The new rules require those covered entities to develop and implement written policies and procedures designed to detect, prevent and mitigate identity theft in connection with certain existing accounts or the opening of new accounts.  Specifically, these policies and procedures must: (1) identify relevant red flags; (2) detect the red flags; (3) respond appropriately to red flags that have been detected; and (4) periodically update the identity theft policies and procedures.  The Final Rules provide additional guidance, including examples, to help determine which entities qualify and, if so, how to comply with the new rules.

The new rules also require that covered entities provide staff training and appoint a “senior management employee” (most likely the entity’s Chief Compliance Officer) to be responsible for the program.  Furthermore, those entities not initially subject to the new rules are required to periodically reassess whether or not they are required to develop such policies and procedures in light of changes in the accounts they offer or maintain.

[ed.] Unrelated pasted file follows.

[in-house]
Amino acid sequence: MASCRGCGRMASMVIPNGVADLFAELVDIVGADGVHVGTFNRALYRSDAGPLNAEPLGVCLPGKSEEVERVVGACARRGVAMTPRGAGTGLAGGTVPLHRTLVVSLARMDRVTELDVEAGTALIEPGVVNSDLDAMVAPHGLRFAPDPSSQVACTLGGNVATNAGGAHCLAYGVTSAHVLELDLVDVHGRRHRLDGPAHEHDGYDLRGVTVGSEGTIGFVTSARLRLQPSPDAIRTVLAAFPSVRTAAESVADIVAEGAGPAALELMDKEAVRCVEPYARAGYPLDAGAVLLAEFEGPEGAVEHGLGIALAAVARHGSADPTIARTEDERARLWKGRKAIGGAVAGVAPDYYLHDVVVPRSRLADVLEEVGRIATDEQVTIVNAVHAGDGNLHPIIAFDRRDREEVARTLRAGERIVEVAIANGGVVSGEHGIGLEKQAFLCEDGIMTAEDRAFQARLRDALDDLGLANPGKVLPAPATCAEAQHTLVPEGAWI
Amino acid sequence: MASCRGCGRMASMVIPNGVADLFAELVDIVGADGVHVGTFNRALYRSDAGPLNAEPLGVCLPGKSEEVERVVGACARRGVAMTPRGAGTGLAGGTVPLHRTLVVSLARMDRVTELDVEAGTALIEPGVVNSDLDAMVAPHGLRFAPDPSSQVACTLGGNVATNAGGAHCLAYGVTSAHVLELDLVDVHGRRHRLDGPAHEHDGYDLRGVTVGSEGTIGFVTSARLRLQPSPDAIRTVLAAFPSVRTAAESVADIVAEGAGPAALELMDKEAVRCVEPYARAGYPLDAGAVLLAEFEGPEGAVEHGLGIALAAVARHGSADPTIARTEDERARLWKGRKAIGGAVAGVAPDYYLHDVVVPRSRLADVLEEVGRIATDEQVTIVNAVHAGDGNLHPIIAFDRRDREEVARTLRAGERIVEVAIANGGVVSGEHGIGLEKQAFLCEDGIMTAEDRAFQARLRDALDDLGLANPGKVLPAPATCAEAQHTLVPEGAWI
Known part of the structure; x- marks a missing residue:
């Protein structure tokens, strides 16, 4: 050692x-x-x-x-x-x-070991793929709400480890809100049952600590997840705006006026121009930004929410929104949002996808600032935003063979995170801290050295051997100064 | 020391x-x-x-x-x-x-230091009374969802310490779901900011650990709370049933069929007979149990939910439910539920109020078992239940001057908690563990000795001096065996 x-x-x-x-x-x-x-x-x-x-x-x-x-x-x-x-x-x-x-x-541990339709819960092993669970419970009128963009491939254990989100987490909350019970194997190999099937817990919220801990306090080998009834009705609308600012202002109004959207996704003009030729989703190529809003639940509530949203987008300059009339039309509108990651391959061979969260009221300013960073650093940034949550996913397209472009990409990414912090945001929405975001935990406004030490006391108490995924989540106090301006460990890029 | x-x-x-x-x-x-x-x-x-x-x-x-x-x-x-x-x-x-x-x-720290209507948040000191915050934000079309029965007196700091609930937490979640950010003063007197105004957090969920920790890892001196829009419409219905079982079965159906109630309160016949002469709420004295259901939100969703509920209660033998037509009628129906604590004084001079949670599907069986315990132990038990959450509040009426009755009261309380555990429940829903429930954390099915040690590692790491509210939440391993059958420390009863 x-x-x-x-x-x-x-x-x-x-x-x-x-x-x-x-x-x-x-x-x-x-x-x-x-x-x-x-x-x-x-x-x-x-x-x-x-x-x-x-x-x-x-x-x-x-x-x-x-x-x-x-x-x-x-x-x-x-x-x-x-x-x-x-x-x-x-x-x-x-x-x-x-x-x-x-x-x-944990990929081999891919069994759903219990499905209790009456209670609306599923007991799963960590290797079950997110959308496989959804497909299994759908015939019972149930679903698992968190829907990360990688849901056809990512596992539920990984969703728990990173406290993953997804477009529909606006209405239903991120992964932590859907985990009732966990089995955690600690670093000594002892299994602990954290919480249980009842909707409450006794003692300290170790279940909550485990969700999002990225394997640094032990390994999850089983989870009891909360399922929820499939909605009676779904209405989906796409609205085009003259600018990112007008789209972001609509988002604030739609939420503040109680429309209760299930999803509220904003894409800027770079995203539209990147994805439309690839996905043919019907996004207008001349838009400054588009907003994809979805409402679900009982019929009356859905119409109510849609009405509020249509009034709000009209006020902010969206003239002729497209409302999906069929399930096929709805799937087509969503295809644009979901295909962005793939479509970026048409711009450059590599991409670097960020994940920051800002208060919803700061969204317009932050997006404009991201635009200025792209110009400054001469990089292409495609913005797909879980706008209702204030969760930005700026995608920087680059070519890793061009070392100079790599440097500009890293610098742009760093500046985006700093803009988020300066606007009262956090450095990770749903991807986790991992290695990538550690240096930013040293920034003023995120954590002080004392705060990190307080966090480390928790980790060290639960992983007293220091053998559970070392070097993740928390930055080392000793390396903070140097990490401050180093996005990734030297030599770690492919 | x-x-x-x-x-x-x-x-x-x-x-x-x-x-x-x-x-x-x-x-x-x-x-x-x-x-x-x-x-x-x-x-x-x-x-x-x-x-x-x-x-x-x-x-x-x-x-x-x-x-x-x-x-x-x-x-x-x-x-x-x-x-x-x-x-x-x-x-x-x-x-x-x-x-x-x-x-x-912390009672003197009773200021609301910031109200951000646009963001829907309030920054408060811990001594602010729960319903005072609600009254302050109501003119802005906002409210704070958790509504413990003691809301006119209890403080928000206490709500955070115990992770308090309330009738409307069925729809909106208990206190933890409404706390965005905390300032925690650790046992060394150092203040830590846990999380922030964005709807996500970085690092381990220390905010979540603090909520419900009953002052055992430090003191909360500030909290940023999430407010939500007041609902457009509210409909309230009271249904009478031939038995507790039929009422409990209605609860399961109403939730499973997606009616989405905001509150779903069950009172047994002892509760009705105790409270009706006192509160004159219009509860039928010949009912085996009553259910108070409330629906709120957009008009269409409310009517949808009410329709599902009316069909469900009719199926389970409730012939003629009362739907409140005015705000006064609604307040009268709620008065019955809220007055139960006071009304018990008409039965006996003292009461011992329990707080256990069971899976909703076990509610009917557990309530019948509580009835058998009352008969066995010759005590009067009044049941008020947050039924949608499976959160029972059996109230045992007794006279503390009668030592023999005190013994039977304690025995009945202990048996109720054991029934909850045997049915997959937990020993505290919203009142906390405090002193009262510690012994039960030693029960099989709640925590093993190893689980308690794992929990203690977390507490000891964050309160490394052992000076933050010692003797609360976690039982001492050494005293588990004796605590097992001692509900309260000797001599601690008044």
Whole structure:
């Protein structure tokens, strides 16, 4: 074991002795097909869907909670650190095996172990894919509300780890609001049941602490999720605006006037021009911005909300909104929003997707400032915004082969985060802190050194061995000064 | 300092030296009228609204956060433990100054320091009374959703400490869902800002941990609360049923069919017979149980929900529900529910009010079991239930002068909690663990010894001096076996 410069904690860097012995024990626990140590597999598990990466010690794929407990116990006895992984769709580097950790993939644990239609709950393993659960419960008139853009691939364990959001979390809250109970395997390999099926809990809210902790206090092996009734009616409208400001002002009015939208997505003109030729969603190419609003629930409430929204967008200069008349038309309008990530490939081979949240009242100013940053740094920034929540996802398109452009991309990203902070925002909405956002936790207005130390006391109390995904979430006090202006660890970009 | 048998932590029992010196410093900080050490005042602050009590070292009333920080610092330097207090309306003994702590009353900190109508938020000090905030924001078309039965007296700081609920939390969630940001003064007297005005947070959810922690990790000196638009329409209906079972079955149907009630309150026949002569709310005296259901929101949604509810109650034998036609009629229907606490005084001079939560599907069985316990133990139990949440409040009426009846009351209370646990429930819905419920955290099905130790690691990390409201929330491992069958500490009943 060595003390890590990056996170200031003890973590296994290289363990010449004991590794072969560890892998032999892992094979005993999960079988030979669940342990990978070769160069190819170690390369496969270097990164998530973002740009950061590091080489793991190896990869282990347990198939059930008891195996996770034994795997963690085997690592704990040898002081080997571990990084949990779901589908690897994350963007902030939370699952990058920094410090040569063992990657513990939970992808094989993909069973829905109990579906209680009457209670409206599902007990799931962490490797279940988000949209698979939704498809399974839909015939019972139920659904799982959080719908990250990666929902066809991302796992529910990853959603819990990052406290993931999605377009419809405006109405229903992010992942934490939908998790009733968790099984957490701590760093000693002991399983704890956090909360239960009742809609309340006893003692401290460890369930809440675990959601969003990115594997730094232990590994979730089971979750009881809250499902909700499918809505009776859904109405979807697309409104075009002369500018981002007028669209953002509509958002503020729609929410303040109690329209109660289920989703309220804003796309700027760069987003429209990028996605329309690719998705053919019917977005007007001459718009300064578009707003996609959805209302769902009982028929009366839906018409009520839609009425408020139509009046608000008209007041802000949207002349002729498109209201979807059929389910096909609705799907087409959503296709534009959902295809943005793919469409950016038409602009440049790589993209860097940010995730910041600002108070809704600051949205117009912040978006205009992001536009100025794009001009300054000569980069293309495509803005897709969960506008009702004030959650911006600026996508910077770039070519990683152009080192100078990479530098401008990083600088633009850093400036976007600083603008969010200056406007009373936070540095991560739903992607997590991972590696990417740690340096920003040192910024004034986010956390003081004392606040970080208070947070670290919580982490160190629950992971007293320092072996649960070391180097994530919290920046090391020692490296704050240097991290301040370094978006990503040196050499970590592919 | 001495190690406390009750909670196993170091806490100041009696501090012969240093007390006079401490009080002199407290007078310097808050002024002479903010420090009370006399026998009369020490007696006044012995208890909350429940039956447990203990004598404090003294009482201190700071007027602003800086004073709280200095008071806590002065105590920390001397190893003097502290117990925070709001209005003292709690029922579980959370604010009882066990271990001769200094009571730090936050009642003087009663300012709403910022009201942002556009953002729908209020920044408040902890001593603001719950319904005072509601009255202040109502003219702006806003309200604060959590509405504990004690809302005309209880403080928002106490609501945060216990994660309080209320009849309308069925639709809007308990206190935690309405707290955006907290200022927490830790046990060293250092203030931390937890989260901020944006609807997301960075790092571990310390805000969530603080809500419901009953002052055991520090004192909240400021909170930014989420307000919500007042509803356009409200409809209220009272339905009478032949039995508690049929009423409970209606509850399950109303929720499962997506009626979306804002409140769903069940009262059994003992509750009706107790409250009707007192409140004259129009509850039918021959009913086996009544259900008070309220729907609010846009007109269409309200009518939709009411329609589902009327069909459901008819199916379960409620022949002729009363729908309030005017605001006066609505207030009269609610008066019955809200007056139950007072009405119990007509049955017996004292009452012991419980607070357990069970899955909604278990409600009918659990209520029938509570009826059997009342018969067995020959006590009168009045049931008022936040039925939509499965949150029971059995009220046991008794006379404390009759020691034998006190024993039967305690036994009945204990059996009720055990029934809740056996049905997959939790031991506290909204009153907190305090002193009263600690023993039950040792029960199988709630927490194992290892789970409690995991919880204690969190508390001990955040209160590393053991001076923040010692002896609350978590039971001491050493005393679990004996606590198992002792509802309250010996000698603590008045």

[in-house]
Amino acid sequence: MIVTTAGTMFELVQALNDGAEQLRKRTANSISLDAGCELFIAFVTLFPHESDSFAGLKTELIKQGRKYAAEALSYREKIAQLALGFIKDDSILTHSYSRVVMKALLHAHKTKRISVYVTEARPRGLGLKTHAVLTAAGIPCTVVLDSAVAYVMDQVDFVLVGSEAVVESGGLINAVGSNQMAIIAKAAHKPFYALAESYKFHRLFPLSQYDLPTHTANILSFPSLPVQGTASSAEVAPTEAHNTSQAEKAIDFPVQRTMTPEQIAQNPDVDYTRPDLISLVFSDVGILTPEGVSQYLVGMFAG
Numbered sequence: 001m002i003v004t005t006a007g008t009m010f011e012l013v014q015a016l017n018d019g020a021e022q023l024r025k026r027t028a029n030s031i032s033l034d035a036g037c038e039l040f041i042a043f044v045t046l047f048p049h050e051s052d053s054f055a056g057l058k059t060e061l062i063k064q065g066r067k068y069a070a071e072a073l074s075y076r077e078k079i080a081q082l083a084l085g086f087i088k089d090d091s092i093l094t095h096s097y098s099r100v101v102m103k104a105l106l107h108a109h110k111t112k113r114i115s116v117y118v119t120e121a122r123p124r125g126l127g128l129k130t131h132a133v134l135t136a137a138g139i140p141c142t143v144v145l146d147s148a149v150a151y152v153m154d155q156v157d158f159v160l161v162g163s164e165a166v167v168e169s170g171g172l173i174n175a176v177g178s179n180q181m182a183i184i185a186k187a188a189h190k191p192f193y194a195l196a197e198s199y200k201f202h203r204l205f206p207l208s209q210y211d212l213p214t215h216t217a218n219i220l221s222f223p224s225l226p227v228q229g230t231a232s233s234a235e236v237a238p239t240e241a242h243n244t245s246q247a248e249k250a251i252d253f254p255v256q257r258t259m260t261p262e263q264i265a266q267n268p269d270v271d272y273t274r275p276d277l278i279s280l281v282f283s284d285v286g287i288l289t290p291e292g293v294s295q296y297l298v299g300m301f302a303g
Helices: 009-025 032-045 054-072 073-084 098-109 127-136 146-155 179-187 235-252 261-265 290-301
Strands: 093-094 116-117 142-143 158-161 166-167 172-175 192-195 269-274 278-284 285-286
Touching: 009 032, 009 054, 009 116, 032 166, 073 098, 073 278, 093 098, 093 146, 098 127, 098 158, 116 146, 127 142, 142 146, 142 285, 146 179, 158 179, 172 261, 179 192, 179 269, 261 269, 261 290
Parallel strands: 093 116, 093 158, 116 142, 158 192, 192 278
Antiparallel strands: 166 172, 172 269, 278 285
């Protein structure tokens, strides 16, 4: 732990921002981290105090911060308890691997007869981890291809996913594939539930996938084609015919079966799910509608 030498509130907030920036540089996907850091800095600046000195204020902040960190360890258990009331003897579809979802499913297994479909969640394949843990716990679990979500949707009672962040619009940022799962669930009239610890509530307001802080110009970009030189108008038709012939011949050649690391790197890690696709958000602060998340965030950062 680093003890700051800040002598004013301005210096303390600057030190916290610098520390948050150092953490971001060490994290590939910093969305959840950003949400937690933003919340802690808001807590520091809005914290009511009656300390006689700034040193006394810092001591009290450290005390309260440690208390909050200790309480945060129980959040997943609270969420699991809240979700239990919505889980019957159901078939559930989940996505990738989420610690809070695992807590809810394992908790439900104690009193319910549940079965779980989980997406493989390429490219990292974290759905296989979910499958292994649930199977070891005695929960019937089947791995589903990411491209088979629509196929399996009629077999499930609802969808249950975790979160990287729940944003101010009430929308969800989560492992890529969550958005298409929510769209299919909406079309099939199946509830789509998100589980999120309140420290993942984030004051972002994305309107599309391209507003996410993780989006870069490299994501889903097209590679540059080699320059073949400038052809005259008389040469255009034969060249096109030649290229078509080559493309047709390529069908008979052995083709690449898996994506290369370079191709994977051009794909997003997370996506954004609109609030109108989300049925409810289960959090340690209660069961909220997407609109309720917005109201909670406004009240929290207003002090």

The Final Rules will become effective 30 days after publication in the Federal Register.  Once effective, those subject to the new rules will have six months to implement their red flag programs.

For further information about this, or other related topics, please contact us at (619) 298-2880 or at info@jackolg.com.

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Remember, It’s Not Just What You Say, But How and Where You Say It